Album Reviews

Robert Pollard – Mouseman Cloud

(Fire) UK release date: 5 March 2012

Robert Pollard - Mouseman Cloud Pop fact*: Robert Pollard has written and recorded over a million songs (*it’s not a fact). This might not be true but it’s also not unbelievable either. The Guided By Voices frontman is furiously and famously prolific, seemingly able to produce songs at will. So now, even as the original Guided By Voices line up to release new album Let’s Go Eat The Factor, he still has time to present his solo album, Mouseman Cloud. It’s a playful and spontaneous album that offers something to both his fans and his detractors.

It’s been said before but his productivity is both a blessing and a curse. This is the 13th consecutive year that Pollard has released more than one album. That’s a lot of music. It means his fans get their Pollard fix, yet it also means that a lot of his work gets overlooked as some give up on trying to keep up.

That’s a shame because Mouseman Cloud contains some great songs. Looser and less structured than what we’re used to from Guided By Voices, it focuses on wordplay and on exploring sounds. Sometimes he strikes gold, sometimes not, though the songs are short enough that even those that don’t are gone before they grate.

For all that this is still distinctively and undeniably a Robert Pollard album, and anyone looking for huge change in direction won’t find it on Mouseman Cloud. This is frayed-around-the-edges college rock: melodic and playful and always inventive, especially when it comes to lyrics. It is, in short, archetypal Pollard.

There are 17 tracks here. On the first, Obvious #1, he repeats “It’s obvious, it’s too obvious” over a summery jangly riff that sounds a little like GBV’s Jar Of Cardinals; it’s hard not to compare these songs to those he writes for his day job, especially when there are quite a few here that sound like classic Guided By Voices.

Science Magazine is the most familiar, with its wonky guitar solo and Pollard singing “When I said I would kill you in so many words it was impossible”. Elsewhere, Dr Time and Lizard Ladder showcase the heavy but classic college rock anthems that Pollard has made his name with. Aspirin Moon is another that can be filed under ‘breezy stomper that sounds effortlessly catchy’.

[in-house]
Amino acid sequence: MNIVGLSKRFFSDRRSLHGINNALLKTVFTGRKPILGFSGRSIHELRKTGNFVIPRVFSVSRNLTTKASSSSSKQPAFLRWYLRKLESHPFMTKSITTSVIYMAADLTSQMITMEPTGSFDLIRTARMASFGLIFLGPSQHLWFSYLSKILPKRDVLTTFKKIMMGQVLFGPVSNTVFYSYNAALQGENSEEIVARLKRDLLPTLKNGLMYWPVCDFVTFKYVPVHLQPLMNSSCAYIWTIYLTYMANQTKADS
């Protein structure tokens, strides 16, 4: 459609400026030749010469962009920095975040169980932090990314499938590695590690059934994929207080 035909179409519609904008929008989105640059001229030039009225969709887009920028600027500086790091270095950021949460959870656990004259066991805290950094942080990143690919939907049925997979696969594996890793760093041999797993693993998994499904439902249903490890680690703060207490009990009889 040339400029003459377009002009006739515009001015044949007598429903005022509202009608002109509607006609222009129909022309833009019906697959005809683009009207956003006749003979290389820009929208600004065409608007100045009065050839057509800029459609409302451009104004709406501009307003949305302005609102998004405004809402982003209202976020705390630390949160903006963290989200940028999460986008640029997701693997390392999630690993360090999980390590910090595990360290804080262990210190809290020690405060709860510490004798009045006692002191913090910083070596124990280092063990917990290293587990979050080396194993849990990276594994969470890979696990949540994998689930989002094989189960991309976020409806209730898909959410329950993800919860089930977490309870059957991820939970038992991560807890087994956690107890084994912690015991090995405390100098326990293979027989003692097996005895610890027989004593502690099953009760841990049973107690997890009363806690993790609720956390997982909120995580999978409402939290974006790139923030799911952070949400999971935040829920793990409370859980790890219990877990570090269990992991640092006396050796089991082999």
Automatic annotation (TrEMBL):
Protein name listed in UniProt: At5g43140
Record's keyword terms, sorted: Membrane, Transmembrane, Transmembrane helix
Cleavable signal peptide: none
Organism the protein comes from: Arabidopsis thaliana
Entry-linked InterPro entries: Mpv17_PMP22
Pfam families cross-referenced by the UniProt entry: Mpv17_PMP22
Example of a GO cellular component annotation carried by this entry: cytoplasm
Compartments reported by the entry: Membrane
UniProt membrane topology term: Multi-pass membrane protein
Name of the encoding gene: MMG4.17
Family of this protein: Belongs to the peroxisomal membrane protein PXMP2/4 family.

Other songs focus more on his lyrical dexterity, with the melody seemingly showing up after he wrote the words. Continue To Break is more inward looking, his voice on the verge of breakdown before a bassy riff kicks in and he sings “Grandfather’s blues continues to shoot up the six o’clock news” over and over again. In its own way the repetition makes for an affecting track.

Zen Mother Hen is a great example of child-like lyrics taking on deeper meaning. Sounding like a more stuck together Tractor Rape Chain it features the lines “Say it, don’t spray it, be happy” and the touching “I’m a clown, I’m a ghost and she’s happy”.

Elsewhere there are tracks that stand out. Picnic Drums’ military percussion suddenly lurches into an unexpected, almost Elton John-like climax. The title track crunches along with Pollard’s deft feathery voice riding on top while Mother’s Milk And Magnets’ chugging riff burrows into brain and won’t go away.

The sheer scope of ideas that seem to float round Pollard’s head is quite incredible. However, the nagging feeling still lingers that if he focused on creating an 11-track record he could come up with a stone cold classic. But that’s not to understate that Mouseman Cloud is the sound of a man who has become, effortlessly it seems, a master of his ragged craft.

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Robert Pollard – Mouseman Cloud